As I look back on my life, I realize that I did not have, at that time, the psychological maturity to discern for myself God’s will for me. And so, God took over in a very direct way which, after 56 years of monastic living, I can see as the very best possible solution for me, and I never cease being grateful for that day.
I was kept waiting to meet the prioress of Holy Name Monastery. She encouraged me and after many weekend visits there, the date was set for my entry on Dec. 8, 1962. Of course, the separation from my mother, the only family member still at home by then, was excruciating, for her and for me, more so for her who had been widowed at age 52 and now was facing life in the homestead by herself. When I was a postulant and in the presence of the prioress and myself, she asked how I was doing. The prioress answered that I was doing very well, and my mom’s reply was: “I was afraid of that.” Nevertheless, she never objected to my vocation and supported me and the monastery in every way she could.
I was 27 years old then and was used to an independent life of my own choosing. The discipline of monastic living was jarring in many ways, but I was happy. All throughout my 56 years, the sisters have allowed me to continue developing my art.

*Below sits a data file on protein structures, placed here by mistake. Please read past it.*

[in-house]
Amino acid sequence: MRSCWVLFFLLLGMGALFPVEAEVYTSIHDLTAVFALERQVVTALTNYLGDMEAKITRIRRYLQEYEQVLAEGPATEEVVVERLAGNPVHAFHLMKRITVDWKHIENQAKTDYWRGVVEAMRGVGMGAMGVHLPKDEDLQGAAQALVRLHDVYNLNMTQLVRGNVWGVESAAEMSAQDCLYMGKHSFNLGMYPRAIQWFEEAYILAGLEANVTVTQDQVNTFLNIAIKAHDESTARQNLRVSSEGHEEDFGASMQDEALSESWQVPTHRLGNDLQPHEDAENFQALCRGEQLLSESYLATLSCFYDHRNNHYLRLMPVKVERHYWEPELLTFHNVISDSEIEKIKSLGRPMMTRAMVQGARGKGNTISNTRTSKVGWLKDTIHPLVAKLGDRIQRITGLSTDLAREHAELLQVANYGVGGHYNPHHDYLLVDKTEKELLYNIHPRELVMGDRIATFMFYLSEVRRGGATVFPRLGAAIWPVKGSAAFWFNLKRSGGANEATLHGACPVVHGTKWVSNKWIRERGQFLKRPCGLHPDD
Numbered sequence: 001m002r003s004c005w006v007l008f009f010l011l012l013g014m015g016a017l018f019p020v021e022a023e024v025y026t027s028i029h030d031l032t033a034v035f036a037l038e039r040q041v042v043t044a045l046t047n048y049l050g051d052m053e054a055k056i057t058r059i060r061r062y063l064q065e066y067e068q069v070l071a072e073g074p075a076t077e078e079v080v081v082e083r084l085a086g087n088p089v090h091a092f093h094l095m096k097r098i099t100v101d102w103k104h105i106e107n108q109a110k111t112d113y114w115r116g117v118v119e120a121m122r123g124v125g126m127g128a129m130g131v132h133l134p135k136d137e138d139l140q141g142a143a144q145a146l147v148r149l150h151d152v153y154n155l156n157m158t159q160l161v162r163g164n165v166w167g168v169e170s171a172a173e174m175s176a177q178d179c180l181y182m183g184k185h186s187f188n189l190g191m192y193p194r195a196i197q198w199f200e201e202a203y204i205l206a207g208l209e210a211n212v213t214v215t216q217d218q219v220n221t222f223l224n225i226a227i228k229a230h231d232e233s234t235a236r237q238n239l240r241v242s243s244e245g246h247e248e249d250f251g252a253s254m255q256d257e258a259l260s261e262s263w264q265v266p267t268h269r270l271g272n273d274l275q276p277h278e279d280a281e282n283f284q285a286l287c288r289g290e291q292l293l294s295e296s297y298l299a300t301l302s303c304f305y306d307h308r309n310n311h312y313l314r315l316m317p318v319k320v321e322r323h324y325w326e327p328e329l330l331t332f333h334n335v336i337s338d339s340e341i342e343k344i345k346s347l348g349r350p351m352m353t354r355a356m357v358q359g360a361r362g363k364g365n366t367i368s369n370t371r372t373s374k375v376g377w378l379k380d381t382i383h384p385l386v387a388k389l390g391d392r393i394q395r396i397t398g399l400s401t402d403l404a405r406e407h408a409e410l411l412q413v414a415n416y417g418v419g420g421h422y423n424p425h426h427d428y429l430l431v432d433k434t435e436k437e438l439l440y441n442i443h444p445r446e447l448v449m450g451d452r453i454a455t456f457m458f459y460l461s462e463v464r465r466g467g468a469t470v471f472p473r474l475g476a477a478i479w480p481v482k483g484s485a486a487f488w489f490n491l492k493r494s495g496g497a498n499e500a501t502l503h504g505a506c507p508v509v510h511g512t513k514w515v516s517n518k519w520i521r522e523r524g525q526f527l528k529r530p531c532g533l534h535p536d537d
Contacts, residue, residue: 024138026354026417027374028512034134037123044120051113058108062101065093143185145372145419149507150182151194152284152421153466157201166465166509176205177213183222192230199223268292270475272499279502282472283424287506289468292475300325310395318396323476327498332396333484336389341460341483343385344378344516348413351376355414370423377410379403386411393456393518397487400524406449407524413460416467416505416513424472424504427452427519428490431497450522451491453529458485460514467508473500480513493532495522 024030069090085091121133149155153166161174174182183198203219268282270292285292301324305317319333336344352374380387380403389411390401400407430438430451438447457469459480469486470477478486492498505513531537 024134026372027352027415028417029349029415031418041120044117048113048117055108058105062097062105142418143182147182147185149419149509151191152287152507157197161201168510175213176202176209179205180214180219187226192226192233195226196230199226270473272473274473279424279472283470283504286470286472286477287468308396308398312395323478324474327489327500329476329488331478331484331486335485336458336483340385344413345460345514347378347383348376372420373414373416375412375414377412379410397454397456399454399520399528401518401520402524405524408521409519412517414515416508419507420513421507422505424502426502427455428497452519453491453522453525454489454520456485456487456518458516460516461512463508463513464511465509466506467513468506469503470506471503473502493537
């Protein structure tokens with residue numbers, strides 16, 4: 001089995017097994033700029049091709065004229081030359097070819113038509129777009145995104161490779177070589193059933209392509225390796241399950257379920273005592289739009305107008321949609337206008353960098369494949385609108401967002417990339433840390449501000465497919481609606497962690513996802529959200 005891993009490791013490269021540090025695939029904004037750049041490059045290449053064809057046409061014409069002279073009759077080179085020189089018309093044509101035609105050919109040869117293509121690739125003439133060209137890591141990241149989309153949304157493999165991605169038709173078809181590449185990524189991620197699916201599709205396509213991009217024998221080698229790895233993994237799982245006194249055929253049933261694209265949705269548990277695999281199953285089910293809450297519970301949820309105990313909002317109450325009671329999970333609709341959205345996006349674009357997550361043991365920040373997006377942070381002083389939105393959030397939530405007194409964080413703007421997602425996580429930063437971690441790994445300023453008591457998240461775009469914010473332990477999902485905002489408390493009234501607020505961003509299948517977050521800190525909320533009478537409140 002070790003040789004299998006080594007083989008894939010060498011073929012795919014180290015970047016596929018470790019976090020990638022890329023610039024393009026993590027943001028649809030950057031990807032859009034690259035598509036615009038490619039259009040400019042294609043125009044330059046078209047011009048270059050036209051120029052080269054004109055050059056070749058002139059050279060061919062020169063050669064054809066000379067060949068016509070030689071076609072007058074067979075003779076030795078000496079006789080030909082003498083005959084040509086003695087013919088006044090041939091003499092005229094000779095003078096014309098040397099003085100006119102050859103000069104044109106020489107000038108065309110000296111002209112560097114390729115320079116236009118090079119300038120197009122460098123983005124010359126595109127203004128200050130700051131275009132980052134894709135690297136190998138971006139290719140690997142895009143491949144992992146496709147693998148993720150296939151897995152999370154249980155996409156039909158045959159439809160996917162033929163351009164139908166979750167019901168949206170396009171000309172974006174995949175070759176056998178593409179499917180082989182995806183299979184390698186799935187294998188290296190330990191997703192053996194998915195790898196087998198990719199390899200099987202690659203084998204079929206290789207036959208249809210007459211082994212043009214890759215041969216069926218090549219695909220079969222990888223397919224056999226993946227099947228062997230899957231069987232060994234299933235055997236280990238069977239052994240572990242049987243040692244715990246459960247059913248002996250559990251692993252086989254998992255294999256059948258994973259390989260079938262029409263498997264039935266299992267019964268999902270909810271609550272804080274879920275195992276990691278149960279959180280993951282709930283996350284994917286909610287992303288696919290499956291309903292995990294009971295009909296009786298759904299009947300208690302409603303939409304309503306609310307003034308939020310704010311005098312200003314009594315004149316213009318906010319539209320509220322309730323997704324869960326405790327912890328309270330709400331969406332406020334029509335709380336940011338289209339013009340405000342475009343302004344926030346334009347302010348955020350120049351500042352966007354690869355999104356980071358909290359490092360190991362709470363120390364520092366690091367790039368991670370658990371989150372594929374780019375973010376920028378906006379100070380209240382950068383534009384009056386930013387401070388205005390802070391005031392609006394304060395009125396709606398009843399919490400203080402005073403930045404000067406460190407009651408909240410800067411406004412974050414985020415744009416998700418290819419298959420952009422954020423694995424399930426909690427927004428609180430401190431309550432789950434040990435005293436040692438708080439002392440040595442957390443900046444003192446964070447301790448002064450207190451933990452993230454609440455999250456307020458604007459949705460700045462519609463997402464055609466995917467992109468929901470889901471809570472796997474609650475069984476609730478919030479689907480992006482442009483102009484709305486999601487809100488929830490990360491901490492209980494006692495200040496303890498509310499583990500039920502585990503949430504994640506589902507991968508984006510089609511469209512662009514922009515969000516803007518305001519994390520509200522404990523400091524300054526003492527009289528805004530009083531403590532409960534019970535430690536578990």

I cannot say that I am a born contemplative by any means. I pretty much began the spiritual life from scratch. I am still climbing slowly, but I value all the opportunities and even the atmosphere that are most conducive to living as close to God as I have grace for. Grace is never lacking but, as my Jesuit brother once told me, I am a slow learner.
Dominican monastic life for me has been and is a nurturing home and community which allows one to be who they are and to strive to become the best they can be in God’s plan.
Sister Mary Grace, OP, is a sister with the Monastery of Mary the Queen located in Springfield
There are three informational meetings in different parts of our diocese for men interested in becoming a deacon. The first takes place in Jacksonville at the Knights of Columbus Hall (320 E. State) on Saturday, Nov. 13 from 9-10:30 a.m. The second takes place in Mattoon at Immaculate Conception Church Parish Center (320 N. 20th St.) on Tuesday, Nov. 16 from 6:30-8 p.m. The third takes place in Quincy at the St. Francis Parish Center (1721 College) on Sunday, Nov. 28 from 1-2:30 p.m. The meetings will present information for those interested in the permanent diaconate formation which begins in the fall of 2022. Applications are being accepted at this time.
The permanent diaconate is open to men between the ages of 32 and 57 who are active in the practice of our faith and who desire to grow in their relationship with God and in their service to the Church. If interested, and if married, wives are welcome and encouraged to attend. For questions, email Deacon Dave Sorrell: . You can also visit dio.org/diaconate.
By DIANE SCHLINDWEIN
Springfield psychologist and author Dr. Kevin Vost says although he spent the first 18 years of his life as a practicing Catholic, it was reading the works of some well-known philosophers that ultimately led him to seriously doubt the existence of God, becoming an atheist. He says “then it only took him 25 years” to come back to the faith, thanks to the Holy Spirit and the writings of St. Thomas Aquinas.